The collection holds fourteen stories in total, and starts with Speaking with Giants by Linnea Hartsuyker. In ancient Baghdad, Vidar – somewhere between a slave and a compatriot – tends to a dying Rashid, a man who had once taken the Norseman into slavery, but then turned their relationship into something akin to friendship as time passed. Determined not to become a slave once again to Rashid’s relatives, Vidar instead decides to travel to the new land of Iceland mentioned by his former master, where giants are said to roam. Much of the story consists of intriguing backstory explaining how the two men came to meet on the shores of Kyiv, the Norseman saving the life of Rashid’s young daughter and subsequently joining his retinue. Their personal relationship develops slowly but deftly, and there are also some fascinating insights into the similarities between Norse and Islamic apocalyptic mythology. It’s a slow-paced, character-driven and surprisingly emotional tale, one of the best in the anthology, as well as a fantastic way to start the collection. It’s followed by The Blasphemy of the Gods, by Sami Shah, and you know a story is going to be good when the narrator swears a solemn oath that they are speaking the truth. What follows is the account of a trusted ambassador of the Caliph, as he is dispatched to accompany a Norse advisor to the Caliph to the titular Althingi – or Parliament – and observe both the social gathering itself, and the advisor as he inherits a parcel of land. After a fraught and perilous journey through eastern and northern Europe, the two men arrive at the Althingi, only for the ambassador to become enmeshed in the bloody and hellish – rather literally – murder of a fellow diplomat. There’s some amusing characterization and well-written interplay between the protagonist and the Norseman as the tale progresses, as well as some well-portrayed culture clash as the educated and debonair ambassador encounters the strange customs of the Norse and their inhospitable environment; and the murder that the ambassador is blamed for is cleverly rooted both in Norse mythology, and the clash of religions occurring at the time. Genevieve Gornichec then gives us The Short Tale of Thurid the Exasperated, a darkly amusing tale of Thurid, loyal and long-suffering wife to her likeable but foolish husband Eystein, a man who seemingly tries his best but somehow always come out the worst in whatever challenge he embroiled himself in. Now locked into a duel to the death with a Viking nicknamed ‘the dueler’ because the man called Eystein a liar for talking about being shipwrecked in al-Andalus, the fate of Thurid’s husband relies on digging up a chest of Arabic silver. The catch? Eystein can’t remember where he buried it all those years ago. Gornichec provides a perfectly-executed slice of darkly comic prose that helps lighten the overall tone of the collection, and proves that its concept lends itself to humour as well as pathos. Torunn Unhoused by Emily Osborne follows a Torunn, an Icelandic woman travelling during late May as part of a custom relating to travelling between old and new homes: hence the ‘unhoused’ part of the title. Her cowardly husband dead and her farm razed, Torunn has no choice but to seek refuge at her brother-in-law’s farm, though he is as villainous as his deceased brother. During her journey, an unexpected encounter with a strange woman leads to a sudden new life on an abandoned farm; but hard work and contentment are just as unexpectedly disrupted by strange noises on the farm’s roof, and rocks being hurled. It soon becomes apparent that her new friend hides secrets that may be Torunn’s undoing. Some poetic prose and fascinating insights into ancient Icelandic culture, especially around the rights of women, and concepts of libel, make this an especially memorable tale.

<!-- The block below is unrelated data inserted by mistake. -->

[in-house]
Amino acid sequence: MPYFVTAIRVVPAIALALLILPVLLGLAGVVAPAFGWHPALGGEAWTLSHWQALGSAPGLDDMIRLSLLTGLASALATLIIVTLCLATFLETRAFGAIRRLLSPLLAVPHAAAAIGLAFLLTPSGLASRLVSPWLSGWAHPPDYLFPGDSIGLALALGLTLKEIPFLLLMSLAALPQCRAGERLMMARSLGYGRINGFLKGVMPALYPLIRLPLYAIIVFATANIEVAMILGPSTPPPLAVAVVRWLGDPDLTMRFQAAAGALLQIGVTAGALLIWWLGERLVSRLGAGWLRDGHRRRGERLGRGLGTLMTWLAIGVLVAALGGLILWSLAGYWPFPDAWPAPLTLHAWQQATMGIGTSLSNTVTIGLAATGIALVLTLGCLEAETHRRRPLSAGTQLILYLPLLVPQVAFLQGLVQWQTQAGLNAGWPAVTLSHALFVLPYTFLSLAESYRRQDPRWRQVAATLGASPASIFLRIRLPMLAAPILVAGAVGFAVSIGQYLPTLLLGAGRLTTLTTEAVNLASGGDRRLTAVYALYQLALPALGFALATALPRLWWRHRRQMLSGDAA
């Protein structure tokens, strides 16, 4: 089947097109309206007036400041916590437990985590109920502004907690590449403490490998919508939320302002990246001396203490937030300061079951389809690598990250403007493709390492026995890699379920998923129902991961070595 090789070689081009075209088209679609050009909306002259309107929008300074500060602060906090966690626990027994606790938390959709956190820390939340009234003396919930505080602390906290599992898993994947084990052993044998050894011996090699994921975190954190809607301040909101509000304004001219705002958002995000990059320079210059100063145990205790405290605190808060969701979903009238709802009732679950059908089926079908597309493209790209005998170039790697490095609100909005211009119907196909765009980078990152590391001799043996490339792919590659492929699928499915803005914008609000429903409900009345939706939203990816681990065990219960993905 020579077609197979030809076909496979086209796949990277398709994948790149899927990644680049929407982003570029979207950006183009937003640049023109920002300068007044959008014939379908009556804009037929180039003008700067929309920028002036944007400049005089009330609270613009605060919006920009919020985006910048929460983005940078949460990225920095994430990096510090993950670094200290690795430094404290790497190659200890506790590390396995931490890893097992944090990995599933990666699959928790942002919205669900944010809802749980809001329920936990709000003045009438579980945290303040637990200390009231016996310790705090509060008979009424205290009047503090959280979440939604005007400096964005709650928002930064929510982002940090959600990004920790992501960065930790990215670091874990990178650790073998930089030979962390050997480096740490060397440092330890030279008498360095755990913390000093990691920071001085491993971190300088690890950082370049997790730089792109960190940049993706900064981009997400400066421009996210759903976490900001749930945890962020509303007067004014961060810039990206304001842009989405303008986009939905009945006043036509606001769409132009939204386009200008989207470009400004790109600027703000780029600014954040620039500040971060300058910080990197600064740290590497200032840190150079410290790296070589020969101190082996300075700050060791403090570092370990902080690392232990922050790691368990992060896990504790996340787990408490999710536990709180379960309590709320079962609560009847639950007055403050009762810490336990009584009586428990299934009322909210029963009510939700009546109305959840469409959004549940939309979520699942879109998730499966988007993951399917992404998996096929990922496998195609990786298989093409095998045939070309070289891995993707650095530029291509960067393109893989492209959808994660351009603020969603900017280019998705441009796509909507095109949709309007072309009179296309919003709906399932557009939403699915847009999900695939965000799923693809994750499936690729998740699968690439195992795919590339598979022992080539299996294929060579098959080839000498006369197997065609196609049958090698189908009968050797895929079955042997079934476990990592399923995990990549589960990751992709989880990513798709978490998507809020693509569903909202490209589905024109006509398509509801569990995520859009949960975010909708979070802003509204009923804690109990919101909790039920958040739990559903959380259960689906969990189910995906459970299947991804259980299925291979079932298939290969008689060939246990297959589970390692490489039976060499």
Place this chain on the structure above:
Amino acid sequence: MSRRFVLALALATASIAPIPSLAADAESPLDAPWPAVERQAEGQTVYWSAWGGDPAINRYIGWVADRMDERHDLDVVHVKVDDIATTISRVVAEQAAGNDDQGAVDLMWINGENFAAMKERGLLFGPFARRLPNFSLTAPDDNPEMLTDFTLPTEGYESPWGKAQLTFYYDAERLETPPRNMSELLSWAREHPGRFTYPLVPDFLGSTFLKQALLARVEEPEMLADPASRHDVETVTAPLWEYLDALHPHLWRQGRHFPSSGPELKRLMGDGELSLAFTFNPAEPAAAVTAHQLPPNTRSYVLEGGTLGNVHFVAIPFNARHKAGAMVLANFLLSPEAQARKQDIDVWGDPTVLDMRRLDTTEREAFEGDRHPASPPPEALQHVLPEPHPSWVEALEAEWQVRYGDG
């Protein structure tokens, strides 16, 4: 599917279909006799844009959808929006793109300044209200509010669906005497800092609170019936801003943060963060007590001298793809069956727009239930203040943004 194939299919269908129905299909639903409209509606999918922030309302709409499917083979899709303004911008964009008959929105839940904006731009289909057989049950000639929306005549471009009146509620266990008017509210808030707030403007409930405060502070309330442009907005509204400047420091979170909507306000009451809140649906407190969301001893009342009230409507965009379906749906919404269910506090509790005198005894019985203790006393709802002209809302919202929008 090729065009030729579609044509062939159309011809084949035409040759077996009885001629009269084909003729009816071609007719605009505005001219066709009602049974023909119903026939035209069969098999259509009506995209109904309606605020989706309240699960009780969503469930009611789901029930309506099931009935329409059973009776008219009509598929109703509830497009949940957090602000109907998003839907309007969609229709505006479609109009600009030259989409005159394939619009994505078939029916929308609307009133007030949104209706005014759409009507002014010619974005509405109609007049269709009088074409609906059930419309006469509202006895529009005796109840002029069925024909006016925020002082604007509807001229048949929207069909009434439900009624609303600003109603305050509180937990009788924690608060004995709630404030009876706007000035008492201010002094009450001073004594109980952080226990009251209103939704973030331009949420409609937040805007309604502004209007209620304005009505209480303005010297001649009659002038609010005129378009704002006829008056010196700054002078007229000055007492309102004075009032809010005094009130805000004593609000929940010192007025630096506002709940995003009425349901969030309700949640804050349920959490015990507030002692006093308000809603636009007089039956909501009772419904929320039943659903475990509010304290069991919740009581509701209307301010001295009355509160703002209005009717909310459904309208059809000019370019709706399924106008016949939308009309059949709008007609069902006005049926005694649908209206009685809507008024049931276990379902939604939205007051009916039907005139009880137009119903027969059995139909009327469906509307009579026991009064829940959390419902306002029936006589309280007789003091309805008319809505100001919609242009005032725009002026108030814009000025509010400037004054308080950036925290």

The amusingly named What a Miserable Drink, and What a Terrible Place is by Alex Kreis, and features another Islamic ambassador – though this time working on behalf of the Master of the Barid, who commanded the messengers moving between the cities of the Abbasid Dynasty. Sallam the Interpreter has been sent to the King of the Bulgars to deliver a message; and when the message proves to be less than stellar, Sallam is forced to journey through the frozen wastes to witness something terrifying. If that was not bad enough, he must then deal with deadly diplomatic intrigue and solve a gruesome murder. It’s another fascinating look at the links between two distant empires and features some great characterization and worldbuilding in terms of the many other powers jostling for influence in the region. The Saga of Aud the Seeress is by Siobhán Clark and gives us a tale in the style of a Nordic saga, following the story of a powerful warrior and his seeress daughter during a period of Icelandic history before all the smaller kingdoms were unified under a single ruler. It’s a slow-paced story but very well-told all the same, with some interesting characterization, and Clark manages to capture the same energy and style as other epic historical sagas I’ve come across before, as familial ruin turns into vengeance. Dragoslava Dreadkeel by Giti Chandra follows a young princess as she flees from those who brutally killed her family. Hoping to travel to Constantinople and the dubious safety of a distant cousin, Dragoslava is befriended by an Arabic emissary. They them find themselves embarking on a journey that is simultaneously filled with intellectual wonders and philosophical curiosities, and imminent danger from cultural and religious bigotry all around them. A thrilling and rather clever narrative that sees science and intellect triumph (albeit barely) over superstition makes this another memorable story in the collection.